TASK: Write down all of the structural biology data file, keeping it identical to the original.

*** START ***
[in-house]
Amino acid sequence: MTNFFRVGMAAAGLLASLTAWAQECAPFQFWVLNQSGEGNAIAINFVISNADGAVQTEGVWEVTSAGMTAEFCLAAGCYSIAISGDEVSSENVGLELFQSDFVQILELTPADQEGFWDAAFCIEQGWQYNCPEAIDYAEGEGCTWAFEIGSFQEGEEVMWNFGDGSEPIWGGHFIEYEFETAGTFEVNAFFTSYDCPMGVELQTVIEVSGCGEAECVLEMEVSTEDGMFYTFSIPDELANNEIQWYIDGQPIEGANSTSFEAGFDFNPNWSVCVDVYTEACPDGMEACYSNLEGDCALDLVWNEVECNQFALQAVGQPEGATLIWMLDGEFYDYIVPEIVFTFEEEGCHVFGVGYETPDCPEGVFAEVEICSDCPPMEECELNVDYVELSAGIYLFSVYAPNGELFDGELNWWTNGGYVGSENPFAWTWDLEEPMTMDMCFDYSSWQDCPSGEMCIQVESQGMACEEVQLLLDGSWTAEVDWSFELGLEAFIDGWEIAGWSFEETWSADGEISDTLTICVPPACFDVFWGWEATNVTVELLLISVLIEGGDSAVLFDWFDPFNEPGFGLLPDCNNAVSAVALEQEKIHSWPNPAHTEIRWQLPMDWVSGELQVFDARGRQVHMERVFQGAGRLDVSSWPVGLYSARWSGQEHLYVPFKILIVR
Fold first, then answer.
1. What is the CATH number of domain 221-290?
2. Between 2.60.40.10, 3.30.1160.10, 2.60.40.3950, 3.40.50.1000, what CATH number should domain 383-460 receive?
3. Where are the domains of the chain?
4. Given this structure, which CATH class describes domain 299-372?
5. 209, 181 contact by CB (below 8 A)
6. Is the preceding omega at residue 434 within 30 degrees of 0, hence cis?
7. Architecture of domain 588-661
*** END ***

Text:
[in-house]
Amino acid sequence: MTNFFRVGMAAAGLLASLTAWAQECAPFQFWVLNQSGEGNAIAINFVISNADGAVQTEGVWEVTSAGMTAEFCLAAGCYSIAISGDEVSSENVGLELFQSDFVQILELTPADQEGFWDAAFCIEQGWQYNCPEAIDYAEGEGCTWAFEIGSFQEGEEVMWNFGDGSEPIWGGHFIEYEFETAGTFEVNAFFTSYDCPMGVELQTVIEVSGCGEAECVLEMEVSTEDGMFYTFSIPDELANNEIQWYIDGQPIEGANSTSFEAGFDFNPNWSVCVDVYTEACPDGMEACYSNLEGDCALDLVWNEVECNQFALQAVGQPEGATLIWMLDGEFYDYIVPEIVFTFEEEGCHVFGVGYETPDCPEGVFAEVEICSDCPPMEECELNVDYVELSAGIYLFSVYAPNGELFDGELNWWTNGGYVGSENPFAWTWDLEEPMTMDMCFDYSSWQDCPSGEMCIQVESQGMACEEVQLLLDGSWTAEVDWSFELGLEAFIDGWEIAGWSFEETWSADGEISDTLTICVPPACFDVFWGWEATNVTVELLLISVLIEGGDSAVLFDWFDPFNEPGFGLLPDCNNAVSAVALEQEKIHSWPNPAHTEIRWQLPMDWVSGELQVFDARGRQVHMERVFQGAGRLDVSSWPVGLYSARWSGQEHLYVPFKILIVR
Fold first, then answer.
1. What is the CATH number of domain 221-290?
2. Between 2.60.40.10, 3.30.1160.10, 2.60.40.3950, 3.40.50.1000, what CATH number should domain 383-460 receive?
3. Where are the domains of the chain?
4. Given this structure, which CATH class describes domain 299-372?
5. 209, 181 contact by CB (below 8 A)
6. Is the preceding omega at residue 434 within 30 degrees of 0, hence cis?
7. Architecture of domain 588-661